Being a teacher is one of the most rewarding jobs on the market. The ability to shape young minds and help them grow is the most fulfilling task a teacher can have. But what if you want to teach a subject that has always interested you but don’t know enough about it?
SKE courses are considered to be great routes into teaching. SKEs are financially supported and time-effective and they provide you with an invaluable source of experience and knowledge.
What is an SKE?
The SKE is the subject knowledge enhancement course, sometimes known as the subject knowledge enhancement for qualified teachers. SKE courses aim to ensure people have greater access to teaching courses and that it is a viable career path for them to follow.
Generally speaking, SKEs are for people who wish to teach at a secondary teaching level. Eligibility for a subject enhancement course is as follows:
- Your degree isn’t in a subject you want to teach or related to it.
- You have studied the subject you wish to teach at A-Level (but not degree level).
- You have relevant professional experience (for example, if you were an accountant looking to teach maths).
Despite this, SKE courses are not offered for all subjects. Most SKE subjects are based around secondary education, so you won’t have the same variety that you have at university level.
The SKE subjects offered are:
- Design and technology
- Mathematics (primary and secondary)
- Modern foreign languages
These are also the subjects that are considered the most “in-demand” by schools. Some education providers may offer an SKE course in other subjects, but this is rare.
For those applying for an SKE as part of a conditional offer for an ITT, there are no tuition fees.
How do I apply for an SKE course?
You can apply for SKE courses through the Department for Education’s teacher training application portal. Once the provider you choose has accepted you, you will then choose where to study from a list of institutes.
Some applications ask you to provide proof that the course is part of a conditional offer for teacher training (ITT). Many teacher training programmes require you to have completed an SKE prior to or alongside their training, so it is important to keep this in mind. Even if the provider doesn’t ask for proof, it’s worth having it anyway, just in case.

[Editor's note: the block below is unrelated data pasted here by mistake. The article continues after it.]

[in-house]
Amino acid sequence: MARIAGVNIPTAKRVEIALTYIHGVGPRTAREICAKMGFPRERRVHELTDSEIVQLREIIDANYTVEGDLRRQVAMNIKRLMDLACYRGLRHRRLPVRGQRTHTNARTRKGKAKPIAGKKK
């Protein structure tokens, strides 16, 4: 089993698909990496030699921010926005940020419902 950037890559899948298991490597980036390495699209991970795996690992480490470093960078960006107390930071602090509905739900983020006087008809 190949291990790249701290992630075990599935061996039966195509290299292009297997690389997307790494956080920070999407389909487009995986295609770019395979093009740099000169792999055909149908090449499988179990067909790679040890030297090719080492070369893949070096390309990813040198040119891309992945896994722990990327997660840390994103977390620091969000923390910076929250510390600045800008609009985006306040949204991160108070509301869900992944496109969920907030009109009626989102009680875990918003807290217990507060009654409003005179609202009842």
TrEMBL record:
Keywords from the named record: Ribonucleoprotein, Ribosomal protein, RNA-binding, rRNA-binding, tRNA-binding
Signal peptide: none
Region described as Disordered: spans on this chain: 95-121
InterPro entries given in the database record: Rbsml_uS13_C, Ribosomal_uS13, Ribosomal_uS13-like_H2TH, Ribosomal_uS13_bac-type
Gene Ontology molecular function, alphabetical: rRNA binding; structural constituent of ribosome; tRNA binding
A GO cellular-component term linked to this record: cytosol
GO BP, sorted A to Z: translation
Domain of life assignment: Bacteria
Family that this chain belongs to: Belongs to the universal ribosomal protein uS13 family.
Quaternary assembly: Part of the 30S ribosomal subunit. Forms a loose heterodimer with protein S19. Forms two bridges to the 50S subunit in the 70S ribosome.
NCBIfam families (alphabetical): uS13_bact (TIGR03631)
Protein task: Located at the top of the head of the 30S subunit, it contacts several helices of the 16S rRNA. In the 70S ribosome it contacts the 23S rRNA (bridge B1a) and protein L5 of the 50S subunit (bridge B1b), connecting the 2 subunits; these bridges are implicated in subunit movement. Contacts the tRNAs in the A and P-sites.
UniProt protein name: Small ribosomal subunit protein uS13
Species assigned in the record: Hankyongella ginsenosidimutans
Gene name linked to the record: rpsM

Where do I do my training?
SKE courses are generally very flexible for people to study. They can be studied either remotely or in-person and can be studied either before your teacher training or as a post-ITT SKE.
The provider you register with will specify where you are expected to work. Most courses will have elements of distance learning as well as face-to-face sessions.
The SKE is the subject knowledge enhancement course, sometimes known as the subject knowledge enhancement for qualified teachers.
Are there funding options for SKE courses?
For those applying for an SKE as part of a conditional offer for an ITT, there are no tuition fees. In this instance, all training is funded by the Department for Education (DfE). In fact, you will be issued an SKE bursary of between £175 and £200-a-week throughout the course, this is for those who do not have qualified teacher status or are teaching without a PGCE degree.
However, there are still criteria to meet for the bursary. You must complete a module of a minimum of 25 hours each week. Those who have QTS are not eligible for SKE funding.
What do you do on an SKE course?
Course length will depend on whether it is a refresher course or an entirely new subject. Refresher courses generally take around eight weeks, while new courses can take up to seven months.
Each unit of your course will have assessment tasks for you to complete. This will include written examinations, essays and practical lesson delivery with a small group of students. You will be expected to complete homework and coursework and you will need to carry out independent research.